One thing I found is “The Australian Department of the Environment, Water, Heritage and the Arts warns that ceramic products with fractured or corroded glazing is dangerous. This corrosion is identified by a easily identified chalky-grey residue on the product that persists after washing.”(How Dangerous Is Lead in Crockpots & Dishes? | eHow.com) I know my crock pot looked like it has some sort of residue left on it no matter how much I scrub so you can bet I’m off to go check that asap.
So which crock pots do contain lead in their enamel? Apparently it hasn’t been easy to find out.
Essenergy (VitaClay): the cookware is mineral-rich and chemical-free – no lead or non-stick coatings! Meals are easy to create and a snap to clean up. (From their About page) One concern here mentioned at one site is that the clay itself might contain lead so even if they are not adding any lead it could still potentially contain lead. Not sure how accurate that is.
Proctor Silex: Does the crock contain lead? No. There is no lead or cadmium in the crock. (From their FAQs)
KitchenAid: I did an online chat with KitchenAid customer service and it looks like their crock pot is lead free:
Agnes M.: Thank you for contacting KitchenAid! My name is Agnes M.. I will be with you momentarily.
Debbie: Thank you Agnes
Agnes M.: Hello Ms. Suzuki, How can I assist you today?
Debbie : I have been searching for a slow cooker that does not contain any lead included lead enamel that is sealed and was wondering if the KitchenAid slow cooker was lead free?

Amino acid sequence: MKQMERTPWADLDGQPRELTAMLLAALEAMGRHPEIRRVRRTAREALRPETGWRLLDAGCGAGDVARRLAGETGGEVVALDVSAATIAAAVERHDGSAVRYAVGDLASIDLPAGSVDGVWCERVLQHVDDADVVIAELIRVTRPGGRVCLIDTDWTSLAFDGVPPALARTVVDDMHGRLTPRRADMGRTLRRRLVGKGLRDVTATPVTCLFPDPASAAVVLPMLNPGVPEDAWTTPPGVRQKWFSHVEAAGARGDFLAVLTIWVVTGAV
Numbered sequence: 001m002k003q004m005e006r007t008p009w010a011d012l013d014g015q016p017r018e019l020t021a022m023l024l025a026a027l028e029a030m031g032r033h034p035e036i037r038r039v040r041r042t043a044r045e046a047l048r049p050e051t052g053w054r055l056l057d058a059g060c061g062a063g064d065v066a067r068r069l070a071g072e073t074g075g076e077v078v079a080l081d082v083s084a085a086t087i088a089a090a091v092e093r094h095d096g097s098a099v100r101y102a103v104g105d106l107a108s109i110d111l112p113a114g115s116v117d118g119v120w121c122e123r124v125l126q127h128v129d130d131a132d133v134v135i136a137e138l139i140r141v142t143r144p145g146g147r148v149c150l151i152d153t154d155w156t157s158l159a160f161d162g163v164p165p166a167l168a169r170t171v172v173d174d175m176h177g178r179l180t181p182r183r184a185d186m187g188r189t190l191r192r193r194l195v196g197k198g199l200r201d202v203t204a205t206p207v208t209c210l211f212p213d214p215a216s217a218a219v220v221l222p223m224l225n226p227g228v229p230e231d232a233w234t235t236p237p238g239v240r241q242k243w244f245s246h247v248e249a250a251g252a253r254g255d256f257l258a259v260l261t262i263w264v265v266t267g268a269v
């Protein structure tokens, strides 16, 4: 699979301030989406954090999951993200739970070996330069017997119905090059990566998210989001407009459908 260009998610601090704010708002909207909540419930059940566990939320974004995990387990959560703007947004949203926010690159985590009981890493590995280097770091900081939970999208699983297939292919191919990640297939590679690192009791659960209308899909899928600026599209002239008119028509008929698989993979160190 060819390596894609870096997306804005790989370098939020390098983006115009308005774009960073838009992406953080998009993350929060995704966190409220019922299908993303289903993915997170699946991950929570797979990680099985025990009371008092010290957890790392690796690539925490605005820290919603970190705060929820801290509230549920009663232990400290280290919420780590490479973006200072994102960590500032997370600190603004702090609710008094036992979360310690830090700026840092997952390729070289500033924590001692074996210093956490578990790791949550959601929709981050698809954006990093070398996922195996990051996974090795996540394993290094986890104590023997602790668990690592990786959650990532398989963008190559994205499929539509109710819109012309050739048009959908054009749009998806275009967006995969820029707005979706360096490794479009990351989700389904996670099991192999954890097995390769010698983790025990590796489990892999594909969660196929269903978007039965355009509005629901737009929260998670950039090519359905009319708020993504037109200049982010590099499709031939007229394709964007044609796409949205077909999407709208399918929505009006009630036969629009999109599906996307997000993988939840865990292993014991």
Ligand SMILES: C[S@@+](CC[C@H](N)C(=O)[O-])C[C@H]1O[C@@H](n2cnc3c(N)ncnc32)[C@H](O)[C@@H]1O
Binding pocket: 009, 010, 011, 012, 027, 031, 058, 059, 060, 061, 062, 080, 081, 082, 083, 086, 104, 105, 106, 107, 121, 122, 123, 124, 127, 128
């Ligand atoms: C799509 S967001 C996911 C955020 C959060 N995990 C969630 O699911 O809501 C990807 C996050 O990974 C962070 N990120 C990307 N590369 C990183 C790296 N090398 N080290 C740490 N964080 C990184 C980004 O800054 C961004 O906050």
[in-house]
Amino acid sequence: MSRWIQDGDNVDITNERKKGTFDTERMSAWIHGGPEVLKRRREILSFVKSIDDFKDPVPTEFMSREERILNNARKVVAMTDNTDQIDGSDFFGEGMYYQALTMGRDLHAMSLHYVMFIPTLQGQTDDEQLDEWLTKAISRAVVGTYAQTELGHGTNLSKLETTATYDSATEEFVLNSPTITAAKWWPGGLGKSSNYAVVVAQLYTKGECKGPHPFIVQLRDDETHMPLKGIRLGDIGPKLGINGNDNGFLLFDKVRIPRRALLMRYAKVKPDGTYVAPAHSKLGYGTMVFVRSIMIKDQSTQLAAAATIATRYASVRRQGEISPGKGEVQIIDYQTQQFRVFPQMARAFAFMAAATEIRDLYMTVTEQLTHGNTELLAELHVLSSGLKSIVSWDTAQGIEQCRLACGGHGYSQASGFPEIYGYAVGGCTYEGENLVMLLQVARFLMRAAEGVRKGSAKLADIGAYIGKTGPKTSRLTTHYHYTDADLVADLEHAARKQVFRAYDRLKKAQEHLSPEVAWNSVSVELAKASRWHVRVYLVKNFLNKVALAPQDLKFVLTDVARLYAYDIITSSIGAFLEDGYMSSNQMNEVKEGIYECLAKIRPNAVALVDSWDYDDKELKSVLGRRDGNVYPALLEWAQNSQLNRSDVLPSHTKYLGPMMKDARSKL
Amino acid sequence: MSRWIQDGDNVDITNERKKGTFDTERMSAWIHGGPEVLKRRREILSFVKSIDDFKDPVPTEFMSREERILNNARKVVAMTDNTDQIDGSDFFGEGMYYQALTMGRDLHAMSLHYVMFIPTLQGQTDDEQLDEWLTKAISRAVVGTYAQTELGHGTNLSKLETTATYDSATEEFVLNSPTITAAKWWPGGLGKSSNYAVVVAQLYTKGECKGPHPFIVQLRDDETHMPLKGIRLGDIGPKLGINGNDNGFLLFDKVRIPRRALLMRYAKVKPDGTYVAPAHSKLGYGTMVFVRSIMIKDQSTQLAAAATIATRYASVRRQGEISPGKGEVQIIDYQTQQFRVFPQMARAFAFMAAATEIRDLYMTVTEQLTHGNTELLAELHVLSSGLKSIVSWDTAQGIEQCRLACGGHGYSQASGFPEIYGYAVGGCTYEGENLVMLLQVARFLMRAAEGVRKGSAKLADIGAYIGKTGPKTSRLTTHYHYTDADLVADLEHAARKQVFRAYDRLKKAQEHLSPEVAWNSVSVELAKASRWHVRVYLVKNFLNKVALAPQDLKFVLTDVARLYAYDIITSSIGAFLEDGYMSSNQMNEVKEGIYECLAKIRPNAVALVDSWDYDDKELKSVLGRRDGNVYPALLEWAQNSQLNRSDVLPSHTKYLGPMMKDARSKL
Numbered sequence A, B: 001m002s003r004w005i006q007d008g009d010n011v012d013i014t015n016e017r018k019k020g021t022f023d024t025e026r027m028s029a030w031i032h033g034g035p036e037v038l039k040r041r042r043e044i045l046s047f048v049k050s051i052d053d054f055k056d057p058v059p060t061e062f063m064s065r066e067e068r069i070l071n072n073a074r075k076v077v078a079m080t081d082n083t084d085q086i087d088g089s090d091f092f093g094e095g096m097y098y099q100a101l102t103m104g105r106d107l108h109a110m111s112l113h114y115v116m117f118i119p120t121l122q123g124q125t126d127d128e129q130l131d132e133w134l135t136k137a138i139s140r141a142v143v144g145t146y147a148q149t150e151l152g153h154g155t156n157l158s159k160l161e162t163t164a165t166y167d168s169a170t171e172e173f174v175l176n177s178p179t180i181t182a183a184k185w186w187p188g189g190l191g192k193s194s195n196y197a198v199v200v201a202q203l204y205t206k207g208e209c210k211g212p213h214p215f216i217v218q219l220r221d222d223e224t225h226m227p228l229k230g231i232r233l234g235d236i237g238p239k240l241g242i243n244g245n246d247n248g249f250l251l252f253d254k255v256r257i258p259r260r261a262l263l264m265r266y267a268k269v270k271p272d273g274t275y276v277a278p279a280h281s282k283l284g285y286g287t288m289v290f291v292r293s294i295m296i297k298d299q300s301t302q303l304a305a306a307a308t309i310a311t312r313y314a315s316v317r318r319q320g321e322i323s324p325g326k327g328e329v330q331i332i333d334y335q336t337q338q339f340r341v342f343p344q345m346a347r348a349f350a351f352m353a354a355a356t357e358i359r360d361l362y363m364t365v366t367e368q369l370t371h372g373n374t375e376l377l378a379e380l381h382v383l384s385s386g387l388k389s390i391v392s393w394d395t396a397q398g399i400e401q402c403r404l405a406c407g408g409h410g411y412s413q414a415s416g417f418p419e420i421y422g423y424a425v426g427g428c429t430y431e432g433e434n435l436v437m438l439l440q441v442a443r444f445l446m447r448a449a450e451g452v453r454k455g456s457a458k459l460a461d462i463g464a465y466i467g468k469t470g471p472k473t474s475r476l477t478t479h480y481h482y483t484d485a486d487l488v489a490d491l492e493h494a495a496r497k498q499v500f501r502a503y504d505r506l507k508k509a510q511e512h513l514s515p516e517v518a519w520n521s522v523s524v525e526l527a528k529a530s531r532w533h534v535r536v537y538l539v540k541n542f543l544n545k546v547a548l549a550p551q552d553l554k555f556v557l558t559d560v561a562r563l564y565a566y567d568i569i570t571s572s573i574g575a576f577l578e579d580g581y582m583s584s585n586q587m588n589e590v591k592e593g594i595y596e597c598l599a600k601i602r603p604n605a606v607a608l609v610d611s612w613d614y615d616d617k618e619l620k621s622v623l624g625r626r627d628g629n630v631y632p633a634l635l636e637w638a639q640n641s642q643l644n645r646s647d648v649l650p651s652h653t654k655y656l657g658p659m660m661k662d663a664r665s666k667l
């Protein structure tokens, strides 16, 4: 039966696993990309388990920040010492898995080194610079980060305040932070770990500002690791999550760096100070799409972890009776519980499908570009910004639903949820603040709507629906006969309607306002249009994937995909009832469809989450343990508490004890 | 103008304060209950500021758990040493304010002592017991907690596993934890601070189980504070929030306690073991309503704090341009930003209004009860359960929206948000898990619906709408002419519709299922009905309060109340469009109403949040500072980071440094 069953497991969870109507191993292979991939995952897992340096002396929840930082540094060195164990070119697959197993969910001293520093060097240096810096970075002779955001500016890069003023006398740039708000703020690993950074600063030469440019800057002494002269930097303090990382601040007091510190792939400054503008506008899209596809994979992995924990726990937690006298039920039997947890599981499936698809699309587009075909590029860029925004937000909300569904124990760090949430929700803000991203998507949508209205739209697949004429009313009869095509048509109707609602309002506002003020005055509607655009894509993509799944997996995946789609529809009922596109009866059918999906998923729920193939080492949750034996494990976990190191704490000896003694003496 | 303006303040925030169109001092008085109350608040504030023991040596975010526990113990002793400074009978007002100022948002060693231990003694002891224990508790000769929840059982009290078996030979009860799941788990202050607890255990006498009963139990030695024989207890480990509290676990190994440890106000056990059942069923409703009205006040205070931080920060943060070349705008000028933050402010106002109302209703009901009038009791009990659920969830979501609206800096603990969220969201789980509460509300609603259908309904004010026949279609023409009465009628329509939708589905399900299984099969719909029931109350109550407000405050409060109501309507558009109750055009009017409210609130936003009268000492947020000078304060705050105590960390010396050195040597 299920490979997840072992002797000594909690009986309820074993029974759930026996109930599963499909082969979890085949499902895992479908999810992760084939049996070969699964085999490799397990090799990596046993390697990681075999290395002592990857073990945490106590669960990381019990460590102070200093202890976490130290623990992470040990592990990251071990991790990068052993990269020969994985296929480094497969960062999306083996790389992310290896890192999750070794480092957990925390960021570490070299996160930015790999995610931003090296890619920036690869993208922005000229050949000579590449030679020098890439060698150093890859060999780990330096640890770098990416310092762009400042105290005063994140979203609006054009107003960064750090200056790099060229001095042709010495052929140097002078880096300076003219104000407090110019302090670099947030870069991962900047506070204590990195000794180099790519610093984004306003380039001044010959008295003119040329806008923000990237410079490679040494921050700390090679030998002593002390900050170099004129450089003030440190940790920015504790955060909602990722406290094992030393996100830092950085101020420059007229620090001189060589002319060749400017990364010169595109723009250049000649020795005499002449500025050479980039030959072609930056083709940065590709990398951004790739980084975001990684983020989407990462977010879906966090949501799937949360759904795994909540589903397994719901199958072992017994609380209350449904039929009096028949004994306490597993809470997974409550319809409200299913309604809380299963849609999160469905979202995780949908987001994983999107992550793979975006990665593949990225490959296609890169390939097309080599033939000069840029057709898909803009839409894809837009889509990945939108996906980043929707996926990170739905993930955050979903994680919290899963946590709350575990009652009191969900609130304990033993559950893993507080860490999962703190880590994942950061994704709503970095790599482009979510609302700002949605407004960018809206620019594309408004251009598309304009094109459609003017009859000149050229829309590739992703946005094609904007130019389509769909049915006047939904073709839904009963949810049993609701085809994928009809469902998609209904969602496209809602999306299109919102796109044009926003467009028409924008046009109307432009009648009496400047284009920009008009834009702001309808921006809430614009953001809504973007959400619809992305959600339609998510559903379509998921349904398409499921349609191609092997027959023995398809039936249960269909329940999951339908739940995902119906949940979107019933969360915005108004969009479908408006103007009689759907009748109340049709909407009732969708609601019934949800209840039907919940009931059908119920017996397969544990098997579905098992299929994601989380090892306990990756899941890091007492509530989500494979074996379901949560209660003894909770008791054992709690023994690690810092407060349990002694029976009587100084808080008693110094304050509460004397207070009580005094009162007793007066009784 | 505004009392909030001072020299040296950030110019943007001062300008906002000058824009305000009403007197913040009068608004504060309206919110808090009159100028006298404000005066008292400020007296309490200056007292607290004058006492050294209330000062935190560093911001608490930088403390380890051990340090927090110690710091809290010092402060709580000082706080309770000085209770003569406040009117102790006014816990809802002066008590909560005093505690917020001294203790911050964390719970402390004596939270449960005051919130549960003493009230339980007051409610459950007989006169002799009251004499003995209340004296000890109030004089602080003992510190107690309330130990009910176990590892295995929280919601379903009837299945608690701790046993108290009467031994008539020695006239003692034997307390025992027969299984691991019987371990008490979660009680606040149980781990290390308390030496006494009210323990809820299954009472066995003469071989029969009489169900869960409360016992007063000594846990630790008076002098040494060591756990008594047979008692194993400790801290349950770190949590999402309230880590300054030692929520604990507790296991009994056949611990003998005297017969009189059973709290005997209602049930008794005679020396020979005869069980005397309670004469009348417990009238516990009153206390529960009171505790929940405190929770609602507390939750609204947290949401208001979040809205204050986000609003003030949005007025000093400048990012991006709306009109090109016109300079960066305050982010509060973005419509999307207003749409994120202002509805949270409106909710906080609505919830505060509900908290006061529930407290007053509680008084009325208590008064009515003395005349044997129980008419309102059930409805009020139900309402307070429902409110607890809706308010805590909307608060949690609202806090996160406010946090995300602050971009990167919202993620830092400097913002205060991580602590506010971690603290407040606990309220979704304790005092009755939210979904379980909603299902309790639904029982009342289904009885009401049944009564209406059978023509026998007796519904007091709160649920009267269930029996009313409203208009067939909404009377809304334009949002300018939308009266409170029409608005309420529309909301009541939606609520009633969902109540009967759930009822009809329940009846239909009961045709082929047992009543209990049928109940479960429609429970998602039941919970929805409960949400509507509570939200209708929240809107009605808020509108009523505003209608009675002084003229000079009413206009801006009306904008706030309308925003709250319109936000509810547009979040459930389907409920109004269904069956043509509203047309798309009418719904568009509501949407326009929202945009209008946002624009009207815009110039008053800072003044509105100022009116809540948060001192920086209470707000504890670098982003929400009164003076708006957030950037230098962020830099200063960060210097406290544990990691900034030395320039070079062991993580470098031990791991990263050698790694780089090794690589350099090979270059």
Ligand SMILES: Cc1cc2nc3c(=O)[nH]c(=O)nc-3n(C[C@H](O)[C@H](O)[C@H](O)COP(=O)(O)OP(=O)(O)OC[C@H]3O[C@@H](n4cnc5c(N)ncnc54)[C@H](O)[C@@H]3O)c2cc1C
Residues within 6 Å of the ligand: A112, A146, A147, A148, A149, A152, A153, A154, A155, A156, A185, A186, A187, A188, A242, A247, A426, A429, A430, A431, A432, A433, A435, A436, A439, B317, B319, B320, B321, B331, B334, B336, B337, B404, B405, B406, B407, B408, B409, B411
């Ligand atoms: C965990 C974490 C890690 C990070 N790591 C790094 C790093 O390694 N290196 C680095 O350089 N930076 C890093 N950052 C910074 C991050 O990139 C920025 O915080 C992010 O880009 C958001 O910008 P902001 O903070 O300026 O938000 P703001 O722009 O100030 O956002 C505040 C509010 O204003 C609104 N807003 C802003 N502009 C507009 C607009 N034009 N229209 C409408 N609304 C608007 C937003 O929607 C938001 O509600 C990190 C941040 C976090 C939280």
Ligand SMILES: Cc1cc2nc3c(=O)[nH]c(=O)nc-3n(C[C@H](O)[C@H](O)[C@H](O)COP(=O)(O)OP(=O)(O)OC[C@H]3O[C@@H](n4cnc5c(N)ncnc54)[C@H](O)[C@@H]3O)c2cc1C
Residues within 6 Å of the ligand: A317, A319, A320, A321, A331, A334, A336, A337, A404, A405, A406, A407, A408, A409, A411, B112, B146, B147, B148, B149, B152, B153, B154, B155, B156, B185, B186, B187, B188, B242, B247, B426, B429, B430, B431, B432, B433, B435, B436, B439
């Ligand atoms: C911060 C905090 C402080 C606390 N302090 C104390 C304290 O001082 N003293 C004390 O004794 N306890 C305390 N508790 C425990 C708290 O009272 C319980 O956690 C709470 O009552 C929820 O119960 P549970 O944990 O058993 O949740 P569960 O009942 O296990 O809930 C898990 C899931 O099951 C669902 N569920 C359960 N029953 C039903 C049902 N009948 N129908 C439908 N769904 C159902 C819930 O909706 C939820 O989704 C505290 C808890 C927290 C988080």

Agnes M.: Yes it is.
Agnes M.: What else can I assist you with today?
Debbie : so the enamel is also lead free?
Agnes M.: Yes,
Debbie : great, thank you so much!
Agnes M.: You’re Welcome and Thank you for contacting KitchenAid. You have a good evening.
Debbie : you too
Contains Lead But Within FDA Guidelines
Rival: Several people mention calling Rival and basically being told they meet FDA guidelines which I suppose we can take to mean they do contain lead but as long as your crock pot has no cracks, crackles, etc then they are safe. Otherwise they may leach lead.
Hamilton Beach: Hamilton Beach specifications applicable to all slow cookers and their components (including the earthenware crocks) prohibits the product from containing any measurable amounts of lead. Furthermore, the factories that manufacture the earthenware crocks for Hamilton Beach are certified ceramic production facilities whose ceramic ware is deemed to satisfy FDA heavy metal requirements. Hamilton Beach takes all reasonable steps to ensure that the earthenware crocks accompanying our slow cookers provide safe and satisfactory service to our consumers. (From their website)
West Bend: The most visible surface layer of stoneware, called the glaze, is a protective coating for the vessel. Glazes for cooking vessels are designed for food contact. Glazes are inspected for maximum allowable amounts of trace elements in accordance with the United States Food and Drug Administration’s guidelines. If the glazes are chipped or cracked, the vessel should not be used.
Small areas, typically on the bottom rim, may not receive a coat of glaze. This is a normal manufacturing process. Unglazed areas, tiny pits or other cosmetic defects do not pose any unsafe food concerns. If any area of your stoneware vessel appears to be cracked, it should be replaced.
Please refer to the instruction manual included with your product for specific care and use guidelines. (From their FAQs)